A new study finds that French transplant centers would have transplanted about 17,500 kidneys from nearly 28,000 deceased-donor kidneys discarded in the United States between 2004 and 2014.

If American standards are simply too high, and not instead that French patients have higher future risk, then many of the 90,000 Americans awaiting a kidney transplant could reap major benefits from the more lax standard in Europe.

This is epidemiology, the scholars do not know what happened to patients in France, they looked at data on the acceptance and use of deceased-donor kidneys in France (national CRISTAL registry) and the United States (Organ Procurement and Transplantation Network) between 2004 and 2014. During that timeframe, centers in the United States discarded about 18 percent of the 156,089 deceased-donor kidneys recovered - around two times as high as the discard rate from 29,984 deceased donor kidneys in France. 

Transplant centers in France addressed their increased need for organs by using lower-quality kidneys, the authors note. For example, the average age of a kidney donor in France was 56 years old, 17 years older than the average age of a donor in the United States.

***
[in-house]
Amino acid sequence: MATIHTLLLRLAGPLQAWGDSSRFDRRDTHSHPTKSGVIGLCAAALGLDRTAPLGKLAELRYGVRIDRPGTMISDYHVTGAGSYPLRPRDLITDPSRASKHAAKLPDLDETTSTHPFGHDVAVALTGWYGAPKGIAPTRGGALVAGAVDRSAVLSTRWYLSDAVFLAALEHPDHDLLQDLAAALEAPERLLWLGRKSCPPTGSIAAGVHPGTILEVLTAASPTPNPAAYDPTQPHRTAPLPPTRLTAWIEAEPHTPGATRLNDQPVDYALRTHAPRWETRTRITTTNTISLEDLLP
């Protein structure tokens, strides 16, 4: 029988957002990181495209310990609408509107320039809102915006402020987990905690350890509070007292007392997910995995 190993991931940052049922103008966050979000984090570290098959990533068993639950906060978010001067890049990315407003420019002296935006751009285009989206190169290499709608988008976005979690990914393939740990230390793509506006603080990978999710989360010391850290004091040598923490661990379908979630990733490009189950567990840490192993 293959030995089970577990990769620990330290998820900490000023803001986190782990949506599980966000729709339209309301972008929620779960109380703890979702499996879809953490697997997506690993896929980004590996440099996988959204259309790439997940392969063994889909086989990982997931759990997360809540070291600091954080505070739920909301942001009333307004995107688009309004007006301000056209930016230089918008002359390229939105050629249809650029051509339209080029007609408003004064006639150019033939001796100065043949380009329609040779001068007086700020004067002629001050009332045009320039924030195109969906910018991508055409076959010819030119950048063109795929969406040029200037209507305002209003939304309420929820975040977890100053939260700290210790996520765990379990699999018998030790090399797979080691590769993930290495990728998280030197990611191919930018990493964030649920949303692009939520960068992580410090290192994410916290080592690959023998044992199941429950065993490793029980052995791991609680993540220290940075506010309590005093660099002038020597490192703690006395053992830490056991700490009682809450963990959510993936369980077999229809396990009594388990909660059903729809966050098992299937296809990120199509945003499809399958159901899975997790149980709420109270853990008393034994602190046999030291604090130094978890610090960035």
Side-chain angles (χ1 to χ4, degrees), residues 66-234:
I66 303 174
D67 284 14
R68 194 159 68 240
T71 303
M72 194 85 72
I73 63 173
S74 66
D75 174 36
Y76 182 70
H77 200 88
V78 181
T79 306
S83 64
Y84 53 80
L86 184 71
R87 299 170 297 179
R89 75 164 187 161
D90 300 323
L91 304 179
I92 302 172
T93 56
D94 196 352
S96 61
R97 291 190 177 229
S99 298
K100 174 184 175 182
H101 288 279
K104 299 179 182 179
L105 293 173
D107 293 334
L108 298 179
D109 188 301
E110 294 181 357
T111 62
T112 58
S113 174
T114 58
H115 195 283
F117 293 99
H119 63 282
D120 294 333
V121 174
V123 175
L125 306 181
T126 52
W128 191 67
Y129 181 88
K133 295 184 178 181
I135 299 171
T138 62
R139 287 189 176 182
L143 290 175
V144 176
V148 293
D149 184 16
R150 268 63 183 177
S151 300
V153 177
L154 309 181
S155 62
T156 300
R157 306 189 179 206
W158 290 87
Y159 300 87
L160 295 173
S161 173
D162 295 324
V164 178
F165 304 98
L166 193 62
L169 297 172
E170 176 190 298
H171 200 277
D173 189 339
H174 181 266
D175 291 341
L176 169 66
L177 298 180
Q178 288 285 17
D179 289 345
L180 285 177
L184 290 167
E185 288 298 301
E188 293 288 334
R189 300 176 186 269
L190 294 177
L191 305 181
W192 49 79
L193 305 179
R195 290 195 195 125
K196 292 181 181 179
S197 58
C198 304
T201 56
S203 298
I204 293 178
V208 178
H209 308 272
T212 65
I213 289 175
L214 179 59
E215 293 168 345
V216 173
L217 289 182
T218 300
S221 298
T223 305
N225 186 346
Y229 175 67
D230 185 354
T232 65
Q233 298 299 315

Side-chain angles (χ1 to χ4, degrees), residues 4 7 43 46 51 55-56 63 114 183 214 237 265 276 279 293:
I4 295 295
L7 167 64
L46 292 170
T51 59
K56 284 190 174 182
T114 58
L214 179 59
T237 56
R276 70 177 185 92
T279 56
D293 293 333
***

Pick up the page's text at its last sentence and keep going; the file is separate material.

But how bad is good enough? Donor age is a big risk factor for organ failure, but kidneys from donors in their 50s or 60s will extend life for transplant candidates and if they are older recipients there is less concern about future problems. People over age 65 are probably better off accepting kidneys from an "extended criteria" donor - those older than 60, or older than 50 with comorbidities, such as high blood pressure - than waiting for the perfect donation to come along.

More than 35,000 people older than 60 in the United States remain on the waitlist for a kidney. "Policies designed to enhance the acceptance of donated kidneys in the United States could drive meaningful increases in the number of kidney transplants and bring the benefits of transplantation to thousands of wait-listed patients," the authors conclude.